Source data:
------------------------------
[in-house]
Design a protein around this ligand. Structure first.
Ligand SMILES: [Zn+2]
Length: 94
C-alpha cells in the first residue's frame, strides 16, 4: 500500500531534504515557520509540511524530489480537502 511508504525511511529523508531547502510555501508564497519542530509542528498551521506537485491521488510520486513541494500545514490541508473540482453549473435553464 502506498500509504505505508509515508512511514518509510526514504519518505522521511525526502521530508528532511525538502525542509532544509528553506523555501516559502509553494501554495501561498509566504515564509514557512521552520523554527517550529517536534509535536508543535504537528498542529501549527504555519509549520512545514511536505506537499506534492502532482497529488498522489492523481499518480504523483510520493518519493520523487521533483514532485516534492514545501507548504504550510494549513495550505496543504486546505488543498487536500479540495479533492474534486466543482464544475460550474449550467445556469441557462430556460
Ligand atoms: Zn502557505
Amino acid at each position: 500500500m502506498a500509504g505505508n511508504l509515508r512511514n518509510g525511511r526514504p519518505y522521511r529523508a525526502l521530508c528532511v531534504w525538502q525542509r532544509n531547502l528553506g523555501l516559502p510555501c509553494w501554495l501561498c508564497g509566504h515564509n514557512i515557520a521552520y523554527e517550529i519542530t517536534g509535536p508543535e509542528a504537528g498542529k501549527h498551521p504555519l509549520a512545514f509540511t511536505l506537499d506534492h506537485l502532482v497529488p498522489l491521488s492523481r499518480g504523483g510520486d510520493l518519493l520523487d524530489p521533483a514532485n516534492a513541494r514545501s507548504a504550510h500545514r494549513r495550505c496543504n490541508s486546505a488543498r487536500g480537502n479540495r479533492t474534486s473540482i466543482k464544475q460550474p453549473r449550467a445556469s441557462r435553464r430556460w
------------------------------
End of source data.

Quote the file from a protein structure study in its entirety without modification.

[in-house]
Design a protein around this ligand. Structure first.
Ligand SMILES: [Zn+2]
Length: 94
C-alpha cells in the first residue's frame, strides 16, 4: 500500500531534504515557520509540511524530489480537502 511508504525511511529523508531547502510555501508564497519542530509542528498551521506537485491521488510520486513541494500545514490541508473540482453549473435553464 502506498500509504505505508509515508512511514518509510526514504519518505522521511525526502521530508528532511525538502525542509532544509528553506523555501516559502509553494501554495501561498509566504515564509514557512521552520523554527517550529517536534509535536508543535504537528498542529501549527504555519509549520512545514511536505506537499506534492502532482497529488498522489492523481499518480504523483510520493518519493520523487521533483514532485516534492514545501507548504504550510494549513495550505496543504486546505488543498487536500479540495479533492474534486466543482464544475460550474449550467445556469441557462430556460
Ligand atoms: Zn502557505
Amino acid at each position: 500500500m502506498a500509504g505505508n511508504l509515508r512511514n518509510g525511511r526514504p519518505y522521511r529523508a525526502l521530508c528532511v531534504w525538502q525542509r532544509n531547502l528553506g523555501l516559502p510555501c509553494w501554495l501561498c508564497g509566504h515564509n514557512i515557520a521552520y523554527e517550529i519542530t517536534g509535536p508543535e509542528a504537528g498542529k501549527h498551521p504555519l509549520a512545514f509540511t511536505l506537499d506534492h506537485l502532482v497529488p498522489l491521488s492523481r499518480g504523483g510520486d510520493l518519493l520523487d524530489p521533483a514532485n516534492a513541494r514545501s507548504a504550510h500545514r494549513r495550505c496543504n490541508s486546505a488543498r487536500g480537502n479540495r479533492t474534486s473540482i466543482k464544475q460550474p453549473r449550467a445556469s441557462r435553464r430556460w